Mixed reaction on social media in Lebanon to Carlos Ghosn’s arrival

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Updated 01 January 2020

Mixed reaction on social media in Lebanon to Carlos Ghosn’s arrival

  • Hollywood-esque escape has already become an internet meme.
  • Since the truth of his escape is not entirely clear, people reached their own conclusions

DUBAI: The news of Carlos Ghosn's escape from Japan and arrival in Beirut received different reactions from the Lebanese community on Twitter.
While details are still emerging about the Hollywood-esque nature of his departure from Japan, commentators on the social media platform were divided.
Comments included statements such as “Ghosn recruited thousands of people to shield him and to facilitate his movement worldwide, he defected to Lebanon.”
Another comment said, "Ghosn is a shame for all the Lebanese people."

One twitter user also said Former Nissan boss just arrived on a private jet from Turkey using his French passport. “Lebanon is basically just open to anyone who wants to flee justice anywhere and has connections.”
On the contrary, some people welcomed Ghosn in Lebanon and commended his move to the country saying, “proud of you, welcome back” and “welcome back Mr Ghosn.”
Meanwhile, his escape also prompted a deluge of memes on social media poking fun at the global news story.


Yemen’s UNESCO-listed Old Sanaa houses collapse in heavy rains

Updated 55 min 53 sec ago

Yemen’s UNESCO-listed Old Sanaa houses collapse in heavy rains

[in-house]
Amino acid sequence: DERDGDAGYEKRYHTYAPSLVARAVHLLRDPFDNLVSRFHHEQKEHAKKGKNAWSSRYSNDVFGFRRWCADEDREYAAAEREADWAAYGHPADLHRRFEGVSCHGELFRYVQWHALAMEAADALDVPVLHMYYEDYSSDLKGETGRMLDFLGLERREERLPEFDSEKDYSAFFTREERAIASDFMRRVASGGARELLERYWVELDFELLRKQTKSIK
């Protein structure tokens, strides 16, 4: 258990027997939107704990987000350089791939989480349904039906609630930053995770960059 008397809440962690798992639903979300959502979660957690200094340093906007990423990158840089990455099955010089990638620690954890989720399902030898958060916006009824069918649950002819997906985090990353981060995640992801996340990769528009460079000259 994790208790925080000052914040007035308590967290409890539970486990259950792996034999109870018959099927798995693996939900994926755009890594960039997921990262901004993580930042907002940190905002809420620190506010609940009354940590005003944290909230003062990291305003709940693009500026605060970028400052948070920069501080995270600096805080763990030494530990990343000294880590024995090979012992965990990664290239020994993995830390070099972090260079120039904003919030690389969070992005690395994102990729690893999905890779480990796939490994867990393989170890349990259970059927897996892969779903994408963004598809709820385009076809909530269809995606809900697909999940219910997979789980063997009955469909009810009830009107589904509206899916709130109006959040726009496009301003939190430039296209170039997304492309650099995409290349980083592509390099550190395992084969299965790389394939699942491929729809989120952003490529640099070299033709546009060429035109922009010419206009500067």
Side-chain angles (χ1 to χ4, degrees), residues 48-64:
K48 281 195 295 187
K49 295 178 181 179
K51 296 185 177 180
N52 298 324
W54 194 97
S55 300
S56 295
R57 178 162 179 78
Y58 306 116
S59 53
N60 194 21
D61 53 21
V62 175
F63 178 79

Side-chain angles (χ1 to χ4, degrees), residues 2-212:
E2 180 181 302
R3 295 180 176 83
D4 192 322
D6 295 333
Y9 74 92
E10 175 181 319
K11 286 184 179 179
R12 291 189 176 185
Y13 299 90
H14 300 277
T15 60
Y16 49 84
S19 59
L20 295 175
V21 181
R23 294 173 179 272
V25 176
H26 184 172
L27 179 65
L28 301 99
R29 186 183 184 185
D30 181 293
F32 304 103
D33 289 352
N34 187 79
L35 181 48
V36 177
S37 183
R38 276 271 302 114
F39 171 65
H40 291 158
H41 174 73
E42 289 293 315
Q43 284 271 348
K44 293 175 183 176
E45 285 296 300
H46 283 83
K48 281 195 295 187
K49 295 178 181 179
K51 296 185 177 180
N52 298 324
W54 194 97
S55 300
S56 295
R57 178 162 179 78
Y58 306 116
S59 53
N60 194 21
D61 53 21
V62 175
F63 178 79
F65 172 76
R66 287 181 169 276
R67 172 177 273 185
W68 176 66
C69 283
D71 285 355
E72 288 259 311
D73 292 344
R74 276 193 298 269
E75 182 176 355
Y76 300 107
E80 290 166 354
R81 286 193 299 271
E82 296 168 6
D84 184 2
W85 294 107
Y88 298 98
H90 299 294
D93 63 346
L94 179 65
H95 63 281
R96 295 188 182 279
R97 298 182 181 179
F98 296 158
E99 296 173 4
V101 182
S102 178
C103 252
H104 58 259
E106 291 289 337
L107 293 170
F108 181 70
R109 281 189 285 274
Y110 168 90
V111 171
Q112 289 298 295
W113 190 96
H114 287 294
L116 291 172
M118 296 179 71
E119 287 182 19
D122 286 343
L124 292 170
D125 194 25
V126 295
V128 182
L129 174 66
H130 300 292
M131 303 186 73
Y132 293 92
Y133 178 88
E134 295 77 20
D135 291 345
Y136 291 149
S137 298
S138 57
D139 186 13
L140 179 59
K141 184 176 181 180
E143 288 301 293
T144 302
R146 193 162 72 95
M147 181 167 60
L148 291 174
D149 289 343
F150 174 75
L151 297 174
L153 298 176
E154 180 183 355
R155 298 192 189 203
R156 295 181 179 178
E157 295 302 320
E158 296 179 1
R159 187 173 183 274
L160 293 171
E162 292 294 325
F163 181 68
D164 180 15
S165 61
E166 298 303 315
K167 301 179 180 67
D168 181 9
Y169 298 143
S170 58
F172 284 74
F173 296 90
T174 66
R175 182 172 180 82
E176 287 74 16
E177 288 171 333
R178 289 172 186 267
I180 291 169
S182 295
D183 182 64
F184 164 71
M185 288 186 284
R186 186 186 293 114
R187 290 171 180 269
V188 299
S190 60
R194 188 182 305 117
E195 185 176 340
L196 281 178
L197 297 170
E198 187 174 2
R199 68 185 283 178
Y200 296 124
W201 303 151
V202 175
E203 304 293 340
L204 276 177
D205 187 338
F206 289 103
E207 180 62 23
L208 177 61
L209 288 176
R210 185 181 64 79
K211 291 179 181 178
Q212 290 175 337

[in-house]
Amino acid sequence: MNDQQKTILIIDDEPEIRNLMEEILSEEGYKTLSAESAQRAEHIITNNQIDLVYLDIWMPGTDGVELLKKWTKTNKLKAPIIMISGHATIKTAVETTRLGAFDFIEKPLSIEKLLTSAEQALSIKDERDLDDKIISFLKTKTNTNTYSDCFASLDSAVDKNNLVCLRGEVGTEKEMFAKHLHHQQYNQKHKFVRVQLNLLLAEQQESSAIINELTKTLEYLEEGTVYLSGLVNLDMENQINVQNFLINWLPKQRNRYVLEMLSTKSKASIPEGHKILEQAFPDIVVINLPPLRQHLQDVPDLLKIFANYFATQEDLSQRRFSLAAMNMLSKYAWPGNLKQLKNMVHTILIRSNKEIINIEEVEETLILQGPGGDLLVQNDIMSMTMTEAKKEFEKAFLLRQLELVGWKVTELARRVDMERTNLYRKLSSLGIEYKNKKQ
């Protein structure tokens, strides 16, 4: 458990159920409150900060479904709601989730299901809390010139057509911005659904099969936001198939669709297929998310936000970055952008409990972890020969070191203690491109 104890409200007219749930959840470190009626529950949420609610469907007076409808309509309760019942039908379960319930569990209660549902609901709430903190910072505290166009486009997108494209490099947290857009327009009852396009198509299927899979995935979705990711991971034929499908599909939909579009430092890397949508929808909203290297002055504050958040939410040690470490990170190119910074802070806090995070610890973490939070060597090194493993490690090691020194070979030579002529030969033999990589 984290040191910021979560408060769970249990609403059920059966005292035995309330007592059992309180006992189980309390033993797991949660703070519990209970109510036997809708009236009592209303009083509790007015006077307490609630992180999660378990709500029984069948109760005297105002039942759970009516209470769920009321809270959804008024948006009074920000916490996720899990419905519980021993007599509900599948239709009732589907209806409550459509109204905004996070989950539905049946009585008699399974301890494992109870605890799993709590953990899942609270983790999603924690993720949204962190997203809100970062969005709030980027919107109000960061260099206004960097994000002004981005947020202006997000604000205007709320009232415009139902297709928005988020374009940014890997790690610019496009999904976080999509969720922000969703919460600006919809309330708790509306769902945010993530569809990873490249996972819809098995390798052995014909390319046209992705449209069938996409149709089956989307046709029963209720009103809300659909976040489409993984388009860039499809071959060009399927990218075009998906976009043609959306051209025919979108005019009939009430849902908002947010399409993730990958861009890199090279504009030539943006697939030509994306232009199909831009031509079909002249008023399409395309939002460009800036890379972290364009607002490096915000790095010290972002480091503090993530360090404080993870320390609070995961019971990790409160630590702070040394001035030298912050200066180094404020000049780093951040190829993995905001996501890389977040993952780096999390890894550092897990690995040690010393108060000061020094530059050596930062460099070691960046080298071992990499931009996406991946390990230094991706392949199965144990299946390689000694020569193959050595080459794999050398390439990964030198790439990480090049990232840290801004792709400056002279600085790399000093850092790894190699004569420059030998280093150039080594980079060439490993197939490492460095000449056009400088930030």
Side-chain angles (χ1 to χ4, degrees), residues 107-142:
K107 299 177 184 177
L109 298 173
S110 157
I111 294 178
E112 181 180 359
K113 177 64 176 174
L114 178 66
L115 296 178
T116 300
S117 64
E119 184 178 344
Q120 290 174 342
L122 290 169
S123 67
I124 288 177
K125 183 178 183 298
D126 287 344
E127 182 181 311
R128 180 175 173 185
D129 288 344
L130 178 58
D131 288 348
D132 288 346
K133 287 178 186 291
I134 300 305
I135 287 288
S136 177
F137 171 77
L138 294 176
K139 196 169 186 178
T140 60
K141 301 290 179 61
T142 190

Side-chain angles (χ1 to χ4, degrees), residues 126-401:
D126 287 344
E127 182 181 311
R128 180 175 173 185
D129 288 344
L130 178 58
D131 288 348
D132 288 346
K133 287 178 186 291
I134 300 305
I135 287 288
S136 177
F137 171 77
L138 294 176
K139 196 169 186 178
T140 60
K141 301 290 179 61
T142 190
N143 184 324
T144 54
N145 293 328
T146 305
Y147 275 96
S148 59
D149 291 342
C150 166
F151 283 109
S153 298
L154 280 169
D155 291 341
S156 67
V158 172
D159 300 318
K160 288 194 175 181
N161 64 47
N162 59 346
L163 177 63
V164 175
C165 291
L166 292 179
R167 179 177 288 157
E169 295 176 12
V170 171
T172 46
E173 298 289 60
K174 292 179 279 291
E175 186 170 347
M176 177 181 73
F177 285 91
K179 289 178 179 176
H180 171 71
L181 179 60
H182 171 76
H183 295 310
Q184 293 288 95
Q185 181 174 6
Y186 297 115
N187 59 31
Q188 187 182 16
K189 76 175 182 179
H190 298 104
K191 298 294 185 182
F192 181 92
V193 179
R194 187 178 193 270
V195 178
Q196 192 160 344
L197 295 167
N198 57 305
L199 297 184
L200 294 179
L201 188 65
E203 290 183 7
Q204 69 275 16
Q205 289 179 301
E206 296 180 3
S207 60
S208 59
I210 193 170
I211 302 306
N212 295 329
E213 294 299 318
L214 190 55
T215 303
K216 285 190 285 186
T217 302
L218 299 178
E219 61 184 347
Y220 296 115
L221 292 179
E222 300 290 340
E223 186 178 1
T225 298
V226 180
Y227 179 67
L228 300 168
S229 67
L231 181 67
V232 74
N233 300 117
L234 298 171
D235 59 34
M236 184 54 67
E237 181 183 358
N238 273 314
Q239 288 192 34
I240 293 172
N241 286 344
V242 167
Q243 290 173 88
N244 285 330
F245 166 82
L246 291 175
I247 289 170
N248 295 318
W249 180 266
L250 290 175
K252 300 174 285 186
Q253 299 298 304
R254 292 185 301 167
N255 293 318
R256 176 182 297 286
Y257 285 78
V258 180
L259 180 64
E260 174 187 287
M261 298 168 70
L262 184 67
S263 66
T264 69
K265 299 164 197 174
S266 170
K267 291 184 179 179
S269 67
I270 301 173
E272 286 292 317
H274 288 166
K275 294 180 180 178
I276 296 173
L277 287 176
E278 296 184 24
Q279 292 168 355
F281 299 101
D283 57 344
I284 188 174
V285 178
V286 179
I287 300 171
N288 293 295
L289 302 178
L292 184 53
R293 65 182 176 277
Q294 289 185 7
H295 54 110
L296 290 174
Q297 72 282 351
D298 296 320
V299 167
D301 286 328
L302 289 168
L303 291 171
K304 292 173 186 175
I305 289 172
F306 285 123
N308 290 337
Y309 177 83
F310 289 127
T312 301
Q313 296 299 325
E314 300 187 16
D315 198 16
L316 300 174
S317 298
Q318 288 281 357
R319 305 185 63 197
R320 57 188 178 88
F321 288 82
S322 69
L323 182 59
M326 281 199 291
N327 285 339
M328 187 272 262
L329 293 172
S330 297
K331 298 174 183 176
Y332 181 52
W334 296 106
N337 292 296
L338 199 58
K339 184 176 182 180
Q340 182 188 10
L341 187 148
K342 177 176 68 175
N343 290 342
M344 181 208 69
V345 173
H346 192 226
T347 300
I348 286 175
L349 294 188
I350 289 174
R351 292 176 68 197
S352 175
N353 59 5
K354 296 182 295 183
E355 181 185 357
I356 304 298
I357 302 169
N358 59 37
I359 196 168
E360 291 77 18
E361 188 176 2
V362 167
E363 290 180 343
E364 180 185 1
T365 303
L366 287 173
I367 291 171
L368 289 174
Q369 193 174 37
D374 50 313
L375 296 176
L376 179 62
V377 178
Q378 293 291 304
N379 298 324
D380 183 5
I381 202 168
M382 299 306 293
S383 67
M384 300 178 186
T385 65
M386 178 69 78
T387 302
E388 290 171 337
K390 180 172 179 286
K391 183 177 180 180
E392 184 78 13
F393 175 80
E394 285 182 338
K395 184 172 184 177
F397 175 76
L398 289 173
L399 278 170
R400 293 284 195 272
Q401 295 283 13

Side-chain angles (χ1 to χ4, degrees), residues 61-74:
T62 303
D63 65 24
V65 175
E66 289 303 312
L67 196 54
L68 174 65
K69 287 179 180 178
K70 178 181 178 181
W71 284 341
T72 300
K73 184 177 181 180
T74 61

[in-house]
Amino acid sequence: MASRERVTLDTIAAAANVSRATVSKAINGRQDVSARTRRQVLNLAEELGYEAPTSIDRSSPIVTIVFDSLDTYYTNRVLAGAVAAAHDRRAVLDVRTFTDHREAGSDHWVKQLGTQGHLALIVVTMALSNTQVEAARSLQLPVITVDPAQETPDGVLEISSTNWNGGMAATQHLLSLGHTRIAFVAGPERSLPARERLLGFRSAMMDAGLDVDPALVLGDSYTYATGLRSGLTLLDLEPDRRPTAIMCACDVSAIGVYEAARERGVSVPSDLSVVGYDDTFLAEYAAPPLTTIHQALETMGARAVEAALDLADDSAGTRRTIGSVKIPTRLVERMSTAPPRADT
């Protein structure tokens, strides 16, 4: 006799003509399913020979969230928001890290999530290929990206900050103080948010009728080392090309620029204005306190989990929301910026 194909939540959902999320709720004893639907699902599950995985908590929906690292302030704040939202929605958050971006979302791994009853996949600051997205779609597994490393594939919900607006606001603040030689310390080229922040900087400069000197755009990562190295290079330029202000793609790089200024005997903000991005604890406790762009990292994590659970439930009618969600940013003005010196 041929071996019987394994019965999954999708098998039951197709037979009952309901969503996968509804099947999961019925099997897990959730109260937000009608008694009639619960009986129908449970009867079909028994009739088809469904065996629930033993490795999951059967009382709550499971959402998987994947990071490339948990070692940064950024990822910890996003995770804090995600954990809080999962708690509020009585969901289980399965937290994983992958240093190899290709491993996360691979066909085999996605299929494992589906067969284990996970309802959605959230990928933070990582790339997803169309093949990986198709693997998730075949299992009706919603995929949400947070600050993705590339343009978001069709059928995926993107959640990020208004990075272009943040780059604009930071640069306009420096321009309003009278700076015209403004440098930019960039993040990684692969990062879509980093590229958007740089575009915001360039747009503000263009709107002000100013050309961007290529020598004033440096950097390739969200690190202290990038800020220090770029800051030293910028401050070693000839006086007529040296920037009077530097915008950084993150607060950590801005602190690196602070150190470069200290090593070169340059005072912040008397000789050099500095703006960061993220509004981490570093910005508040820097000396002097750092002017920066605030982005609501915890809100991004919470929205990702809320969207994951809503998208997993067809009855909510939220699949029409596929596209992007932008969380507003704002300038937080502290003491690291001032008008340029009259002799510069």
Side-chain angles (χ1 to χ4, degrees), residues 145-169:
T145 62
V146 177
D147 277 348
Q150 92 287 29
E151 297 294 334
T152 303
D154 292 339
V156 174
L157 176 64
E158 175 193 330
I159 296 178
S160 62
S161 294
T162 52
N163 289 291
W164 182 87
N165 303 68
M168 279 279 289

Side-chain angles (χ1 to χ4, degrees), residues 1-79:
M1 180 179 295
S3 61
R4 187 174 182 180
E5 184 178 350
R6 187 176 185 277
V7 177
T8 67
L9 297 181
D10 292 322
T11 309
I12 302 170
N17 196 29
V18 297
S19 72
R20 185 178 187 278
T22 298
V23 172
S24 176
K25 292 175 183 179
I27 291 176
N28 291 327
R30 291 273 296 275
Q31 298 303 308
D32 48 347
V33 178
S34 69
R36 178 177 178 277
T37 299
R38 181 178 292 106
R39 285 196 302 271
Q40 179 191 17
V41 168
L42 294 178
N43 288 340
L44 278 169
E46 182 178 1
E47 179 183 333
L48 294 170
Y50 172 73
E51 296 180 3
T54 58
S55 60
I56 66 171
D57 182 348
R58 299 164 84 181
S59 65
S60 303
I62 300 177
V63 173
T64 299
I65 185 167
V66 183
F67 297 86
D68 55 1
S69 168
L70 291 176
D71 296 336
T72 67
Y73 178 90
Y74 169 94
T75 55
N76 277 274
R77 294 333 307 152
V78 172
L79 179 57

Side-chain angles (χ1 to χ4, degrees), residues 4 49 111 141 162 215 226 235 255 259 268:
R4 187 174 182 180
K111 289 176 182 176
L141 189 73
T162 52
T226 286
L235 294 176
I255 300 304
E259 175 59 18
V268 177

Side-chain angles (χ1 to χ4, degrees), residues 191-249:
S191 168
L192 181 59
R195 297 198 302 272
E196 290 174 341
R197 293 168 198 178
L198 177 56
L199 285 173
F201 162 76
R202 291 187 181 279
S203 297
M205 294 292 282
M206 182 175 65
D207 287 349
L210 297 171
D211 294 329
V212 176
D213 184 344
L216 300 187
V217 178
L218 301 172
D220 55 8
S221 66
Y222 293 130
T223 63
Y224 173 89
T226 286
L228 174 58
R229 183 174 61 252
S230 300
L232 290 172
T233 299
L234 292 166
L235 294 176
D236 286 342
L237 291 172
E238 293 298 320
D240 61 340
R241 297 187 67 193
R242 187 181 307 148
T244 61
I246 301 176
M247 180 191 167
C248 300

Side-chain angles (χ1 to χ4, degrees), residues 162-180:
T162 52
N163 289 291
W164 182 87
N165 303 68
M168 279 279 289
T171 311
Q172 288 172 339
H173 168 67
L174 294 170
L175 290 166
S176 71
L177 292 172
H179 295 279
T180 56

• Distinctive brown and white mud brick houses of Sanaa’s historic neighborhoods have long been under threat from conflict and neglect
SANAA: Houses in Yemen’s UNESCO-listed Old City of Sanaa are collapsing under heavy rains, as months of floods and storms assail a country already reeling from war, food shortages and disease.
The distinctive brown and white mud brick houses of Sanaa’s historic neighborhoods, which date from before the 11th century, have long been under threat from conflict and neglect.
Muhammad Ali Al-Talhi’s house partially collapsed on Friday as heavy rain battered Sanaa, leaving the six women and six children of his family homeless.
“Everything we had is buried,” he said surrounded by ancient debris and mud, appealing for help to find shelter.
Aqeel Saleh Nassar, deputy head of the Historic Cities Preservation Authority, said citizens today do not maintain these old buildings as in the past, leading to cracks and weakness.
Around 5,000 of the towering buildings in the old city have leaky roofs and 107 have partially collapsed roofs, he said. The authority has been working with UNESCO and other funds to preserve some.
This year’s exceptionally heavy rains, which began mid-April and last into early September, have added to what the United Nations describes as the world’s worst humanitarian crisis.
Five years of war have killed more than 100,000 people, and left 80 percent of the population reliant on aid and millions on the brink of famine.
On top of the new coronavirus, which is believed to be spreading largely undetected, heavy rains spread diseases like cholera, dengue fever and malaria.
The Iran-aligned Houthi authorities who have controlled Sanaa since ousting the internationally recognized Saudi-backed Yemeni government in late 2014, appealed this week to UNESCO to save the city’s heritage.
They said around 111 houses had partly or completely collapsed in recent weeks.
Sanaa resident Adel San’ani on Saturday told Reuters he saw five houses severely damaged this weekend.
“The families have no shelter. A local bank launched a campaign to distribute plastic sheeting to act as roofs,” he said.